CAO options: Courses you may have missed

A selection of popular and less well-known courses that may be right for you

There’s still time to change your mind. While some courses – including architecture, art and various performing arts courses – require an interview and/or portfolio (or in the case of medicine, a HPat test to determine whether it is suitable for you), the vast majority of courses remain open to applicants. Here’s just a small selection of popular and less well-known courses you may have missed.

Maynooth University: BSc Physics with astrophysics CAO code: MH204

There is simply no source of wonder like stepping outside on a clear night and looking at the stars.

This course is designed to give students a thorough grounding in the principles of experimental physics, but with an additional emphasis on exploring and understanding the planets, stars and galaxies, as well as how the universe works as a whole.


There is still so much we don’t know about the only universe we know definitely exists, and modules here include physics with astrophysics, maths and a choice – timetable clashes permitting – of two other science subjects including biology, chemistry, computer science, engineering science and mathematical physics.

Students on this course will also learn about the latest telescopes, satellites, detector technology and data analysis techniques of modern astrophysics.

Graduates have gone on to work in Met Éireann, St Luke's Hospital Dublin, the European Space Agency, Nasa, Caltech, Intel, Hewlett Packard, and the Jet Propulsion Laboratory, as well as positions in medical physics, forensic science and computational physics. In 2021, the course required 422 CAO points.

NUI Galway: Social science CAO code: GY123

This is a four-year, level-eight course aimed at school-leavers and mature students who care about some of the most important issues facing society.

Modules on the course include introduction to social science, digital citizenship and principles of geography. There is also an international field trip in year two, a workplace internship in year three and a dissertation project in final year. There is a strong focus on problem-centred learning and research methods, helping students to develop skills in using social science technology tools to tackle current and future societal challenges.

Social science graduates are equipped for careers in a number of roles including, perhaps most obviously, social work, but there are also opportunities to work in Irish and international NGOs, local authorities, national authorities, EU and international bodies, public service, politics, community work, marketing, journalism, business and much more.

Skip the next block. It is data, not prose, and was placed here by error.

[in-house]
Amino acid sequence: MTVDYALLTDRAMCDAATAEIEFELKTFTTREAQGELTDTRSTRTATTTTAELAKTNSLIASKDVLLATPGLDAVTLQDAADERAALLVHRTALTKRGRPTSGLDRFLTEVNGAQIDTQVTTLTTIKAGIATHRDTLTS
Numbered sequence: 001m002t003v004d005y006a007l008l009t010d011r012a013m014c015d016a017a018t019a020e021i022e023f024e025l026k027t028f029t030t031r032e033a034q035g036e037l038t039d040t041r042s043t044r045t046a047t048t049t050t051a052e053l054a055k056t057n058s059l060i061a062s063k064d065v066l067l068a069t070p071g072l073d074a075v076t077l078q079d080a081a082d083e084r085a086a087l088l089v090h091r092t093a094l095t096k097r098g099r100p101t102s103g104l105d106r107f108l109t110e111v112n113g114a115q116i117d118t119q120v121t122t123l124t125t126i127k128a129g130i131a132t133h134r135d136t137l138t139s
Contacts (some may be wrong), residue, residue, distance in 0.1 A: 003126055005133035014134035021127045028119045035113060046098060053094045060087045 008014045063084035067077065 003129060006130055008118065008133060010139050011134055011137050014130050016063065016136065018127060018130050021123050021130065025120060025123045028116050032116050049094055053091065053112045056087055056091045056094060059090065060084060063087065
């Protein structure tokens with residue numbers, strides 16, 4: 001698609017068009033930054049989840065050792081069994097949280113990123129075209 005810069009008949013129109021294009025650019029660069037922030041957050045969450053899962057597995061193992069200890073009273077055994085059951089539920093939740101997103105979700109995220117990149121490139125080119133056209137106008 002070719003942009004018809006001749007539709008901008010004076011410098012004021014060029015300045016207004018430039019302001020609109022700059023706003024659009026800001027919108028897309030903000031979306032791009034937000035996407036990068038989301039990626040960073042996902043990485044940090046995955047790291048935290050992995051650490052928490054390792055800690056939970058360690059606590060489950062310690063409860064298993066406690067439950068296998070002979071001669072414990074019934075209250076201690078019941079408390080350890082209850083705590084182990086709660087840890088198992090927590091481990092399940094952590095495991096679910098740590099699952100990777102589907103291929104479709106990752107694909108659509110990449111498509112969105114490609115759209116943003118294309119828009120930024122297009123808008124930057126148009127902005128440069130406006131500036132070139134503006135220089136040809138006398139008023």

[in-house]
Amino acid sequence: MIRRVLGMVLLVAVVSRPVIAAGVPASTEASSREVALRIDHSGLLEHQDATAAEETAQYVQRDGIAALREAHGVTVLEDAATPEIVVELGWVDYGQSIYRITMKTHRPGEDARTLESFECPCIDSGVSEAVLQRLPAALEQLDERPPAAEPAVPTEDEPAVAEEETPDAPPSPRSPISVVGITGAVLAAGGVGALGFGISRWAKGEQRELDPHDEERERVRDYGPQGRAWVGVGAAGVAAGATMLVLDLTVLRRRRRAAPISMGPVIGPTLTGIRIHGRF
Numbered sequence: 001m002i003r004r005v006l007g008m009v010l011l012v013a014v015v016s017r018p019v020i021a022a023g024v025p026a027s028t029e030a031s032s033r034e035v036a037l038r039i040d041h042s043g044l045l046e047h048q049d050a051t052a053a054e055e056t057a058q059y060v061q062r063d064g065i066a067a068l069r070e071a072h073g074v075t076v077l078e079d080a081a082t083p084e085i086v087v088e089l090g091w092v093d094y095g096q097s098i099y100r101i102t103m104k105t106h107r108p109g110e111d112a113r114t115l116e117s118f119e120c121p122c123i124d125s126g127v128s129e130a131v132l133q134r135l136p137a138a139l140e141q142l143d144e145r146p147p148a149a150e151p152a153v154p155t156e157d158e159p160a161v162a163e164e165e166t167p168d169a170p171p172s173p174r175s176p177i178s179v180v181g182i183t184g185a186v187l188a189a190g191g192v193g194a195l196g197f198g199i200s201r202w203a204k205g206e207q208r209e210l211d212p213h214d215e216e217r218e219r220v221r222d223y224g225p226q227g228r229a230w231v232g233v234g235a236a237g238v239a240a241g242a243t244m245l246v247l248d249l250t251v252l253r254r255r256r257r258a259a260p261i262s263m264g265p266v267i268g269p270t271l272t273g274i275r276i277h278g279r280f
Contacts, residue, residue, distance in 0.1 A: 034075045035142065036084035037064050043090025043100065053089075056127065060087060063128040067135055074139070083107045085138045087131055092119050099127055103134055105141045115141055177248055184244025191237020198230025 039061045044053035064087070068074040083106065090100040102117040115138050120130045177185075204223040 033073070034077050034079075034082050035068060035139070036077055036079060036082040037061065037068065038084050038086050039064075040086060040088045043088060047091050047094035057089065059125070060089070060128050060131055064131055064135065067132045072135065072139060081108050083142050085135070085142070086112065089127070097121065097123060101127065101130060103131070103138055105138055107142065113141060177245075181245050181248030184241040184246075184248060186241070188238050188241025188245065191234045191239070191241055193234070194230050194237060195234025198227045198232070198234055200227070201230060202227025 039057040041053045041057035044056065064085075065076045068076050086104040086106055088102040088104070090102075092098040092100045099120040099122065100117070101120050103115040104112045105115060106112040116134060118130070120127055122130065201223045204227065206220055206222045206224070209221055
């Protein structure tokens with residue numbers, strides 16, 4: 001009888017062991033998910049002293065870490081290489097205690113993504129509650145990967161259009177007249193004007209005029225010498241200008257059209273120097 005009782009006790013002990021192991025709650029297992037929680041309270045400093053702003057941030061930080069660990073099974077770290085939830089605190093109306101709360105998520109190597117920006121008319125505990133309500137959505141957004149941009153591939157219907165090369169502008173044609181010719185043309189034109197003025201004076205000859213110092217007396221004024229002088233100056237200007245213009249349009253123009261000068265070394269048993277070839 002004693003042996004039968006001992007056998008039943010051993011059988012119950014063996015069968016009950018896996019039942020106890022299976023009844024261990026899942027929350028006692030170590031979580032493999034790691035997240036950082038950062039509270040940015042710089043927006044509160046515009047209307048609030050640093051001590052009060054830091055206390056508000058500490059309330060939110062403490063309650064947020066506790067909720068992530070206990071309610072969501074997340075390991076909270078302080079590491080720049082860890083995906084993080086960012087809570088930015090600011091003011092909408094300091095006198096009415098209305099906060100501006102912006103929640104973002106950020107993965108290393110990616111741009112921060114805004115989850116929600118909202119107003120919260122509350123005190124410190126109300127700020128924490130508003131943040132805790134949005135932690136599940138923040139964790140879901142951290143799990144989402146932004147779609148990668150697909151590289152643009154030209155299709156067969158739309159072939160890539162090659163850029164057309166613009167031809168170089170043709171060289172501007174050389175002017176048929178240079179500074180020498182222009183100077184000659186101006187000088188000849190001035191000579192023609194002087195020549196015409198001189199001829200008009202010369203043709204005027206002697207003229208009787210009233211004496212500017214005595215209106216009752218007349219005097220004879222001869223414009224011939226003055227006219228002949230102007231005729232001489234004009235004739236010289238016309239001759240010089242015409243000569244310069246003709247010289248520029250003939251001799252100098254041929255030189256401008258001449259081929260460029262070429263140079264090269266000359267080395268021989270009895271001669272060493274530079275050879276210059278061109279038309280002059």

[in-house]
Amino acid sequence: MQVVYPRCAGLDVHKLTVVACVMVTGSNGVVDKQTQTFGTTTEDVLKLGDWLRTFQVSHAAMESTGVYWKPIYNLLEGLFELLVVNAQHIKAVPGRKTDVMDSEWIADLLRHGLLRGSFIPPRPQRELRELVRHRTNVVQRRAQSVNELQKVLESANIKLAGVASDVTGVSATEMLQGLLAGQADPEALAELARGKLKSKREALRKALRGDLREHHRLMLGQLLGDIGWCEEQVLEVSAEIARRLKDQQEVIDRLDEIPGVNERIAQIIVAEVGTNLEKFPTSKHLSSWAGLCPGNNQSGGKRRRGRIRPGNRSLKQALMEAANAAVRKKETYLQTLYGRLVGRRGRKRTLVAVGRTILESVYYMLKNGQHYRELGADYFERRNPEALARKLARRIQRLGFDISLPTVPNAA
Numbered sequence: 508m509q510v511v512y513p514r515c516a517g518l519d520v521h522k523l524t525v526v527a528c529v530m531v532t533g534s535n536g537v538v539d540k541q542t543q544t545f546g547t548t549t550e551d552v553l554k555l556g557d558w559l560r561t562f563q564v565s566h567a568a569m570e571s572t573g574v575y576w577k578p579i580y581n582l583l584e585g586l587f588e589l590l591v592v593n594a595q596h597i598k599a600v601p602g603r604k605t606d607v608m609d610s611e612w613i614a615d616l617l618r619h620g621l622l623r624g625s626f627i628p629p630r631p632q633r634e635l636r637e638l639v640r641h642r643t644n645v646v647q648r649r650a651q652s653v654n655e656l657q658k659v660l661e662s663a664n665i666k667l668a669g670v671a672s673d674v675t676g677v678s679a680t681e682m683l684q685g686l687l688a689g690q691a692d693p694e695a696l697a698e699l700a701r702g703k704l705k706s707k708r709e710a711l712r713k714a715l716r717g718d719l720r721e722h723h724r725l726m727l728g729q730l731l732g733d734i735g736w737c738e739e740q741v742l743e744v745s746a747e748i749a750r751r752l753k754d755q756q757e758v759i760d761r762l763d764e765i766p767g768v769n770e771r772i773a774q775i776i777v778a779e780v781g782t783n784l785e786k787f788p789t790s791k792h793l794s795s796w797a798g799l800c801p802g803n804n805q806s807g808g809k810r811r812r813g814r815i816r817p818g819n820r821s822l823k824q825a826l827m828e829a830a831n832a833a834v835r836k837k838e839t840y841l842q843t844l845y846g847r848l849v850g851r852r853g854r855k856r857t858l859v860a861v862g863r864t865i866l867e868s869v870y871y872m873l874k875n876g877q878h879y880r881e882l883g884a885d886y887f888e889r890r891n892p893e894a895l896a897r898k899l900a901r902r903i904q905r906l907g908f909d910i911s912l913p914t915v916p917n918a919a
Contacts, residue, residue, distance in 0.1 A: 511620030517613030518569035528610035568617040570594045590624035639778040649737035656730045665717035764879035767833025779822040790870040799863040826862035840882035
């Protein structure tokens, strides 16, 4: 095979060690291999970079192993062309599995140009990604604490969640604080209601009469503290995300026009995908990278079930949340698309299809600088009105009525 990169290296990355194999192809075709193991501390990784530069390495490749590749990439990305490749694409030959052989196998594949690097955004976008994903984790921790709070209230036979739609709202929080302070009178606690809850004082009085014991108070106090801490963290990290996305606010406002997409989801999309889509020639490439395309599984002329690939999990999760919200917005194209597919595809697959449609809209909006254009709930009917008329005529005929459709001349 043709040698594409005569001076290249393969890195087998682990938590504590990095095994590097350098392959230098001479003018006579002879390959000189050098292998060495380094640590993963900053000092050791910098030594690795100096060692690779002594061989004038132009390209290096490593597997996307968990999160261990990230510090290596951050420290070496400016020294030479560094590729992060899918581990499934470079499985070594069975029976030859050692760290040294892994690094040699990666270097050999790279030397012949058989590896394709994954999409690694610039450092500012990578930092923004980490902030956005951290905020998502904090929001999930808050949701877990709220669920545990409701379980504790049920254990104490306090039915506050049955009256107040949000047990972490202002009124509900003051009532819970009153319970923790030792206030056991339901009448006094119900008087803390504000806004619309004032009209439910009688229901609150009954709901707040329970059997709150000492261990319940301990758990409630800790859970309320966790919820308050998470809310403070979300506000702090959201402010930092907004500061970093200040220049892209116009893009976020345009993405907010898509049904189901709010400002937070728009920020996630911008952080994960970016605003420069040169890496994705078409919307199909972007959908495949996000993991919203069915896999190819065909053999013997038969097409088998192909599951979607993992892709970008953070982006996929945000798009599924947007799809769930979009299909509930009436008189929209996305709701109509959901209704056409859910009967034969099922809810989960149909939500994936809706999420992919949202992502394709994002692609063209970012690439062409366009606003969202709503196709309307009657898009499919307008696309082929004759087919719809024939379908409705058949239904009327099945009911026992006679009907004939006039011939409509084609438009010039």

Many graduates of these and similar courses go on to pursue postgraduate studies in order to specialise in a particular area. In 2021, the course required 419 CAO points.

Royal College of Surgeons Ireland: Physiotherapy CAO code: RC004

RCSI was awarded university status in 2019, making it a specialist, high-level institution for the study of health and medicine.

School-leavers entering this programme study for a four-year honours degree, but graduate entry students only study for three years.

RCSI physiotherapy students have a unique advantage: they study alongside their future colleagues in medicine and pharmacy, and work together on interprofessional projects, ensuring that they have a thorough and well-developed understanding of the multidisciplinary nature of patient care.

Students on this course take modules in anatomy, physiology, physics, neurology, neuromusculoskeletal and research methods. About a third of the course is spent on clinical placements.

Publicly available data from the HSE indicates that physiotherapists start off on 36,296, with pay rising to 62,493 for a senior physiotherapist and over 80,000 for a physiotherapist manager. Physiotherapists may, however, earn more in private practice.

University College Dublin: Agricultural science CAO code: DN250

Until recently, UCD was the only place in Ireland where students could get an honours degree in agriculture. That all changed when UCC launched its own course three years ago, but UCD’s course remains popular.

Students on this four-year, level-eight degree can choose to apply to the general agriculture degree and choose their speciality down the line, or they can go straight into one of the other courses on offer which include agricultural systems technology, animal and crop production, food and agribusiness management, forestry and horticulture.